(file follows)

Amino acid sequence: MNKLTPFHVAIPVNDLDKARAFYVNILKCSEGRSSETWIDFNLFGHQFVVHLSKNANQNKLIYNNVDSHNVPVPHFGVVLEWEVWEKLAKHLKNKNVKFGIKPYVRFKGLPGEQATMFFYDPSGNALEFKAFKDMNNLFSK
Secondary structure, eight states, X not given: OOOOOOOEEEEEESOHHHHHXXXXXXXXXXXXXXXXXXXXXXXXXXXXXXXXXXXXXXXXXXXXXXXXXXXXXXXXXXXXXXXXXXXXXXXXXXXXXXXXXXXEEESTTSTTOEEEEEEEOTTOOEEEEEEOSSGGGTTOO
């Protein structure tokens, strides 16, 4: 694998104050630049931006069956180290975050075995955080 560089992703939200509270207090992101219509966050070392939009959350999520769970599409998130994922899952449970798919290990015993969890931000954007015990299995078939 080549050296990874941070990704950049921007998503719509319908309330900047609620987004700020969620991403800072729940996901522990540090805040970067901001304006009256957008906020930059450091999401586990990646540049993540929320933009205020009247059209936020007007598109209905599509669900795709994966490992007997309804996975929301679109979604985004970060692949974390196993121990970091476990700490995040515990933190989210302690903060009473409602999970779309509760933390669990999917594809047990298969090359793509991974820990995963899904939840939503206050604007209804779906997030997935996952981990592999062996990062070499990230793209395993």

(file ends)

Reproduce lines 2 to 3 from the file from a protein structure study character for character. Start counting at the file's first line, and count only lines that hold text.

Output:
Secondary structure, eight states, X not given: OOOOOOOEEEEEESOHHHHHXXXXXXXXXXXXXXXXXXXXXXXXXXXXXXXXXXXXXXXXXXXXXXXXXXXXXXXXXXXXXXXXXXXXXXXXXXXXXXXXXXXEEESTTSTTOEEEEEEEOTTOOEEEEEEOSSGGGTTOO
């Protein structure tokens, strides 16, 4: 694998104050630049931006069956180290975050075995955080 560089992703939200509270207090992101219509966050070392939009959350999520769970599409998130994922899952449970798919290990015993969890931000954007015990299995078939 080549050296990874941070990704950049921007998503719509319908309330900047609620987004700020969620991403800072729940996901522990540090805040970067901001304006009256957008906020930059450091999401586990990646540049993540929320933009205020009247059209936020007007598109209905599509669900795709994966490992007997309804996975929301679109979604985004970060692949974390196993121990970091476990700490995040515990933190989210302690903060009473409602999970779309509760933390669990999917594809047990298969090359793509991974820990995963899904939840939503206050604007209804779906997030997935996952981990592999062996990062070499990230793209395993």